Large Group- Type 1 Diabetes

Large Group- Type 1 Diabetes

As a patient goes from using glucose to fat for energy what acid accumulates in the body? What happens to creatinine levels in a patient with Type 1 Diabetes? Why? Increase because a lack of insulin means there is a lack of protein uptake by cells An eletrophoretically fast moving hemoglobin component found in normal persons What is the connection between HbA1C and glucose? It increases in the presence of hyperglycemia and may reflect glucose levels in the blood over a period of time In a non-enzymatic glycation pathway by hemoglobin's exposure to plasma glucose What does the level of HbA1c reflect? Why? The mean blood glucose concentration over the preceding 6-8 weeks due to the fact that an erythrocytes half life is typically 60 days What is the pathophysiology of Type 1 Diabetes? - Lymphocytes begin to infiltrate and destroy insulin secreting beta cells of the islets of Langerhans. As beta cell mass declines insulin secretion decreases until it can no longer maintain normal blood glucose levels What % of beta cells need to be destroyed for hyperglycemia and diabetes to be diagnosed? What is considered the major factor in the pathophysiology of Type 1 Diabetes? What virus has been linked to the onset of Diabetes? A combination of peripheral insulin resistance and inadequate insulin secretion by pancreatic beta cells What has insulin resistance been attributed to? Elevated levels of free FA's and pro-inflammatory cytokines in plasma Decrease glucose transport into muscle cells, elevated hepatic glucose production, and increased breakdown of fat In a Type 1 Diabetic, will they have decreased, normal, or high levels of insulin? In a Type 2 Diabetes, will they have decreased, normal, or high levels of insulin? The majority of undiagnosed cases of diabetes are of what typ Continue reading >>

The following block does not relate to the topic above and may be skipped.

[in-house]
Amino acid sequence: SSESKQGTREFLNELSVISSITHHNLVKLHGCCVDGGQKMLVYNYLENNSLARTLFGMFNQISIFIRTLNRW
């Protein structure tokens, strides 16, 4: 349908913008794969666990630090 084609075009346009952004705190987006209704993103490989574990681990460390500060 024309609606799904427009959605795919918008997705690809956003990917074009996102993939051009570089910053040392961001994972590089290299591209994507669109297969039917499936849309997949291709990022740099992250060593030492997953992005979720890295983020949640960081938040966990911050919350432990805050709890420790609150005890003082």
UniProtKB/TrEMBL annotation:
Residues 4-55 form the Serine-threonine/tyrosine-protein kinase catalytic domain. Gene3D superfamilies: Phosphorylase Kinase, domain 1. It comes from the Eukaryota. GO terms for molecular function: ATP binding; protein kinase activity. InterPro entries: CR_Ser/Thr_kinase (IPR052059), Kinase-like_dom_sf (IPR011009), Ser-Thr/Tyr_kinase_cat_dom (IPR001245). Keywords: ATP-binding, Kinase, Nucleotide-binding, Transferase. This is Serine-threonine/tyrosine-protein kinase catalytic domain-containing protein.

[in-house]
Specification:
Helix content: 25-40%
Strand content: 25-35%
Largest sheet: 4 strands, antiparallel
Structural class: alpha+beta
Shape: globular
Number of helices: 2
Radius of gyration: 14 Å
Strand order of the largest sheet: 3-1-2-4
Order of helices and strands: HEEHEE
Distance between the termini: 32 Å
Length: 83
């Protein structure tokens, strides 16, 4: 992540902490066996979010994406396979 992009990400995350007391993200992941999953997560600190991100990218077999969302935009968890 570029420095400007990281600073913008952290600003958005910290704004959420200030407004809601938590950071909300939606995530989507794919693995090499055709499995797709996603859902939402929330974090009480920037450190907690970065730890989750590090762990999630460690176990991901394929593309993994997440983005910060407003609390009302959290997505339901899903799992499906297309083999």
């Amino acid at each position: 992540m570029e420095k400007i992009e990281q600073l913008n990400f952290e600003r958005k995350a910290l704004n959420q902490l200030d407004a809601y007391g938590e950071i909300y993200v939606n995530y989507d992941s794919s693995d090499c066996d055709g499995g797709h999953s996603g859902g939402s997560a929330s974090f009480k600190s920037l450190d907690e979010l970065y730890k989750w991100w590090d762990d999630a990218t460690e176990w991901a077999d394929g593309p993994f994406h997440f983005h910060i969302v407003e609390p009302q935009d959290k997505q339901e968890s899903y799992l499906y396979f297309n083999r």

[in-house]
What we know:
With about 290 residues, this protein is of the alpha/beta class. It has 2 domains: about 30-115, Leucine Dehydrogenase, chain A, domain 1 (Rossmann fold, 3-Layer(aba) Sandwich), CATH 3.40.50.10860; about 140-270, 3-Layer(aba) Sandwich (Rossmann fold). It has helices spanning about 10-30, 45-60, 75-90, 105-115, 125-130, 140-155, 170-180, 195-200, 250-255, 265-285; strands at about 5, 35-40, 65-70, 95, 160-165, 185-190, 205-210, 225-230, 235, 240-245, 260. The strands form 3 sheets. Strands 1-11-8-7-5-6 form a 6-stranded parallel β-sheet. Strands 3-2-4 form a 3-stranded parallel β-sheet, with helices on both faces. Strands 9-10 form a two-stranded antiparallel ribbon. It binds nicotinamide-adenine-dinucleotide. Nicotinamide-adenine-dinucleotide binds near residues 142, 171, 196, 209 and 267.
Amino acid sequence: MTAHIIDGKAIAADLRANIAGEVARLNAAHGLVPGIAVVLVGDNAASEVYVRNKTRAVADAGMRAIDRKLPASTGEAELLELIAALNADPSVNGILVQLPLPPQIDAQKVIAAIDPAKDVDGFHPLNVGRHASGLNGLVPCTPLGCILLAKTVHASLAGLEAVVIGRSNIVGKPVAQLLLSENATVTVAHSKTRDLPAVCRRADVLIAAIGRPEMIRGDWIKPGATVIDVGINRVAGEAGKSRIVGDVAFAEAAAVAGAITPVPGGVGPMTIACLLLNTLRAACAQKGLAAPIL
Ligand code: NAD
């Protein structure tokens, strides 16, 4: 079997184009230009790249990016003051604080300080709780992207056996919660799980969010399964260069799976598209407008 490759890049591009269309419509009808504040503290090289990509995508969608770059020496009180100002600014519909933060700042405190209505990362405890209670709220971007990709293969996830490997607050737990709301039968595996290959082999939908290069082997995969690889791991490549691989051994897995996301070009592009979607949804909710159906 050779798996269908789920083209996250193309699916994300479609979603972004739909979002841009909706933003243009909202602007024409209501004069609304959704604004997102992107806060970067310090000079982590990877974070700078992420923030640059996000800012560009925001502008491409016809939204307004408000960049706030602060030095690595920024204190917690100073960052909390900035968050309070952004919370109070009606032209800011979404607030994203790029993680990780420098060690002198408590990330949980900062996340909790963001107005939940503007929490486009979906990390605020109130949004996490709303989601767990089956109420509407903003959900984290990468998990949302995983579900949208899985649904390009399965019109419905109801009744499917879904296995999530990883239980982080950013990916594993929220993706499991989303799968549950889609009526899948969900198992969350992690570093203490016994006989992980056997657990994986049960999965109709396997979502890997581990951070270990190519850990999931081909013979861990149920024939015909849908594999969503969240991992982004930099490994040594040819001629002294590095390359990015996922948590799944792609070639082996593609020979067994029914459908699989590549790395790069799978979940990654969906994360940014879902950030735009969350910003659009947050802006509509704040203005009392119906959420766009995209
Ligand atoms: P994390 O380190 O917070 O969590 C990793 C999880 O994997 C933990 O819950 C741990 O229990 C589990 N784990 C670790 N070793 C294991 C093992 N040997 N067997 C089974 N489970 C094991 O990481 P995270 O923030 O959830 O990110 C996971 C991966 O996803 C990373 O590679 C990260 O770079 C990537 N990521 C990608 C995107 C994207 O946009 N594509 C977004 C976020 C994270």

Hemoglobin A1c: Glycated Hemoglobin (ghb)

Hemoglobin A1c: Glycated Hemoglobin (ghb)

Sort Overview: --Since RBC's survive an average of 120 days, the measurement of GHb provides an index of a person's average blood glucose concentration (glycemia) during the preceding 2-3 months. --Normally, only 4-6% of Hgb is bound to glucose, while increased glycohemoglobin levels are seen in diabetes and other hypolycemic states. --In an attempt to standardize the clinical measurements, most assays now in use clinically measure A1c, or are calibrated to produce a result equivalent to such a measurement. Use for the diagnosis of DM with A1c > or = 6.5%: --Does not require fasting prior to test. --Does not require multiple blood draws or a prolonged time commitment. --Detects poor glycemic control in pt's who only check fasting or random glucose readings. --Detects more pt's with DM, at an earlier point in the disease. --Should be confirmed with repeat A1c testing. Indicated at the time of initial diagnosis of DM, then: --3-month interval testing in type I DM. --6-month interval testing in type II DM in pt's meeting treatment goals & having stable glycemic control. (Testing may be needed more frequently as required for glycemic control.) --Unstable or highly intensively managed pt's (eg, pregnant type I diabetic women) may be tested more frequently than every 3 months. Contraindications for A1c measurement: --Conditions with abnormal red cell turnover, such as anemias from hemolysis & iron deficiency. --Presence of hemoglobinopathy with normal red cell turnover (eg, sickle cell trait) requires a specialized A1c assay without interference from abnormal hemoglobins. --Pt's with > 10% Hb F will have lower than expected A1c results. Normal Values/findings of A1c: A1c by age: < 6 y: 7.5-8.5% 6-12 y: <8% 13-19 y: < 7.5% >19 y: < 5.7% Causes of misleading decreases in A1c: - Continue reading >>